Perhaps you would say to me, “I know that is supposed to be true and I am sure it is, but somehow or other it just hasn't worked that way for me.” Is there a reason? Perhaps. Glance at verse 13:

Romans 15:

13 Now the God of hope fill you with all joy and peace in believing, that ye may abound in hope, through the power of the Holy Ghost.

Of course, you realize what is needed today. Let the Holy Spirit minister the Word of God to your heart and as He ministers the Word, not as you just approach it from an intellectual standpoint, but as the Holy Spirit of God ministers the Word to your heart, believe it. As you believe it, then you will find hope, not a bare thread of hope, but abundant hope and abounding hope.

There was a reason the Psalmist could find comfort in the Scriptures other than the fact they were meant for that, and that reason is presented in Psalm 119, verse 56:

Psalm 119:

56 This I had, because I kept thy precepts.

“This comfort of which I speak, I enjoyed because I kept the Word of God because I was obedient to His Word.”

It would be wise for us, in the light of this statement, to examine our relationship to the Lord. If we do not find the comfort (Notice what I say, please.) that is needed in the Word, perhaps the reason is that we are not in right relationship to Him. Please understand what I am saying. I am not saying that the affliction has come because we are not in right relationship. That is not true. Sometimes the affliction comes because we are not in right relationship, but sometimes we can be walking in full fellowship with the Lord and the affliction will come, and we find the comfort the Psalmist found.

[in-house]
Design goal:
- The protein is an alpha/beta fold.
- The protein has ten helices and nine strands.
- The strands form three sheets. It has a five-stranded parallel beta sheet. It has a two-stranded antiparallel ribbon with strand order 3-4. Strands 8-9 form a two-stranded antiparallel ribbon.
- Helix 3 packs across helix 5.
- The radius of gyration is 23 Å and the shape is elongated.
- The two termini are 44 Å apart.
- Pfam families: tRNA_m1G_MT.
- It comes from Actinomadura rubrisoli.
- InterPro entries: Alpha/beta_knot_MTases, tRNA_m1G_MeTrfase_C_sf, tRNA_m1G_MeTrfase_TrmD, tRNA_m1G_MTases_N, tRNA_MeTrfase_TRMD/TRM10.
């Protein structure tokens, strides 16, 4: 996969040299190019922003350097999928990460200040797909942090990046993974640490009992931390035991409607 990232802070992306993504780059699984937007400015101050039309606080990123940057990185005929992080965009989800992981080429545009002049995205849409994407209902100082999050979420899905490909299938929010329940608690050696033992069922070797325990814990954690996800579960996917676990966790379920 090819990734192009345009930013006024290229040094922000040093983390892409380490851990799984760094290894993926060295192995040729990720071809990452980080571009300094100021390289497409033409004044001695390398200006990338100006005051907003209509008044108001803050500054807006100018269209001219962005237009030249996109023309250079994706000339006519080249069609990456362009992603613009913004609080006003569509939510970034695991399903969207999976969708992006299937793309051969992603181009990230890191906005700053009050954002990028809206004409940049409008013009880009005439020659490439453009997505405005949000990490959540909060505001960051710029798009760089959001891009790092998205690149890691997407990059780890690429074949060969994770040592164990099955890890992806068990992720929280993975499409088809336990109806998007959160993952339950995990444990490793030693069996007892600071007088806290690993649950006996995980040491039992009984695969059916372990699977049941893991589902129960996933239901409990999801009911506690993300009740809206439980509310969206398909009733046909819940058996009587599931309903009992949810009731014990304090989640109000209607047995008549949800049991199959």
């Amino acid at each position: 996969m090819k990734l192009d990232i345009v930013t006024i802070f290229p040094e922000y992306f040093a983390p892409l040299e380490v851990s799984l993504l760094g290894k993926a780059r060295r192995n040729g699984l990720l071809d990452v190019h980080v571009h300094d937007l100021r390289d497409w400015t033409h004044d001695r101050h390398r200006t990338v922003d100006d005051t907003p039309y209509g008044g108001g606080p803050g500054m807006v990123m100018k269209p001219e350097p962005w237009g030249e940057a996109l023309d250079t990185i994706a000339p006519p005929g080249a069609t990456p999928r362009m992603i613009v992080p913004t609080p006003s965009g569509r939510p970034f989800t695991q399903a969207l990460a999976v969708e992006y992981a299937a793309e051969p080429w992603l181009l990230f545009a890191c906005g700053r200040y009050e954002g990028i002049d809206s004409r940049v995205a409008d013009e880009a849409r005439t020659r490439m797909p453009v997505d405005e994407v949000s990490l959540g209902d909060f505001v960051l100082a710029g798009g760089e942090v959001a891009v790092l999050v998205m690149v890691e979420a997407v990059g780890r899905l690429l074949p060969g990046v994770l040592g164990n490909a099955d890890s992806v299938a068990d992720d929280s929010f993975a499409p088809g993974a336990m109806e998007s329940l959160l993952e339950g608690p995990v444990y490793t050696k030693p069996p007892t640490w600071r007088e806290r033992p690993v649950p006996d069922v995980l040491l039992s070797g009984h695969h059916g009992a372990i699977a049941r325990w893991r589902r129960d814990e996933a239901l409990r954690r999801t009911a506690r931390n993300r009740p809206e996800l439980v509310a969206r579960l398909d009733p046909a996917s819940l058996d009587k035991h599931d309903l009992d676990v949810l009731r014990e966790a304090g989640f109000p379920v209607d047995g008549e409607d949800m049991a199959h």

Revival First Requirement

If we examine what the Psalmist found necessary in his own life, if the Word of God was to be the comfort that he said it could be, let me suggest that you glance at verse 50:

Psalm 119:

50 This is my comfort in my affliction: for thy word hath quickened me.

May I suggest to our hearts that the first requirement for us, if we are to find the Word of God to be the source of comfort that it needs to be, is revival. I am using the word revival for the sake of alliteration. It comes to my mind from the word quicken , where he said, “The reason I have found comfort in the Word of God is Thy Word has quickened me.”

If you have read all of Psalm 119, you know that there are nine requests for quickening in this Psalm. The Psalmist was conscious of a need, not only of revival, but of continuous revival in his life. That is the reason he says so much about it. I would like to suggest to our hearts that if we receive the comfort from the Word of God that God intended, there must be that initial quickening of the Word that is related to the experience of regeneration. When we are reminded in Romans, chapter 10, verse 17, concerning our salvation, that faith cometh by hearing and hearing by the Word of God, when the Word of God is presented to our hearts concerning the Lord Jesus Christ, the simple message of the Gospel, we believe it, we receive the Lord Jesus Christ as Savior, then we are quickened. We are brought to life for we have been dead in trespasses and sin. Because we are living in a world that knows more of death than it does of life, spiritually and physically, there is a need for a continuous quickening of the Holy Spirit through the Word of God.